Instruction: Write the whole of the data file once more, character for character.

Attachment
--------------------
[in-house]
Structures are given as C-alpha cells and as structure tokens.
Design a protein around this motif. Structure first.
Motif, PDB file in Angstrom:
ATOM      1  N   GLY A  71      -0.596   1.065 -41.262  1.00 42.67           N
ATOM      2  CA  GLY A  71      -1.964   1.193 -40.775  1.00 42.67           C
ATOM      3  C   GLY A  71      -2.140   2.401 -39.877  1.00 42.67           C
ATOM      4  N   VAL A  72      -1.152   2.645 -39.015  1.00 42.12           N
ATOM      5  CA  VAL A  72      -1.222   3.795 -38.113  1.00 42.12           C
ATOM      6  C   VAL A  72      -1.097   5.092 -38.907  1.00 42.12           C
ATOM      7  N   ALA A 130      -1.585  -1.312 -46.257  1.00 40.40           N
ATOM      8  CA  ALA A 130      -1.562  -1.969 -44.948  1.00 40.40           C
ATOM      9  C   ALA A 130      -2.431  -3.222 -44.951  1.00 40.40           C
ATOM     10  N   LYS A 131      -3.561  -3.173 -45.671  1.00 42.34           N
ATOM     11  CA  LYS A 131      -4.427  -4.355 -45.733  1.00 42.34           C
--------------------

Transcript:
[in-house]
Structures are given as C-alpha cells and as structure tokens.
Design a protein around this motif. Structure first.
Motif, PDB file in Angstrom:
ATOM      1  N   GLY A  71      -0.596   1.065 -41.262  1.00 42.67           N
ATOM      2  CA  GLY A  71      -1.964   1.193 -40.775  1.00 42.67           C
ATOM      3  C   GLY A  71      -2.140   2.401 -39.877  1.00 42.67           C
ATOM      4  N   VAL A  72      -1.152   2.645 -39.015  1.00 42.12           N
ATOM      5  CA  VAL A  72      -1.222   3.795 -38.113  1.00 42.12           C
ATOM      6  C   VAL A  72      -1.097   5.092 -38.907  1.00 42.12           C
ATOM      7  N   ALA A 130      -1.585  -1.312 -46.257  1.00 40.40           N
ATOM      8  CA  ALA A 130      -1.562  -1.969 -44.948  1.00 40.40           C
ATOM      9  C   ALA A 130      -2.431  -3.222 -44.951  1.00 40.40           C
ATOM     10  N   LYS A 131      -3.561  -3.173 -45.671  1.00 42.34           N
ATOM     11  CA  LYS A 131      -4.427  -4.355 -45.733  1.00 42.34           C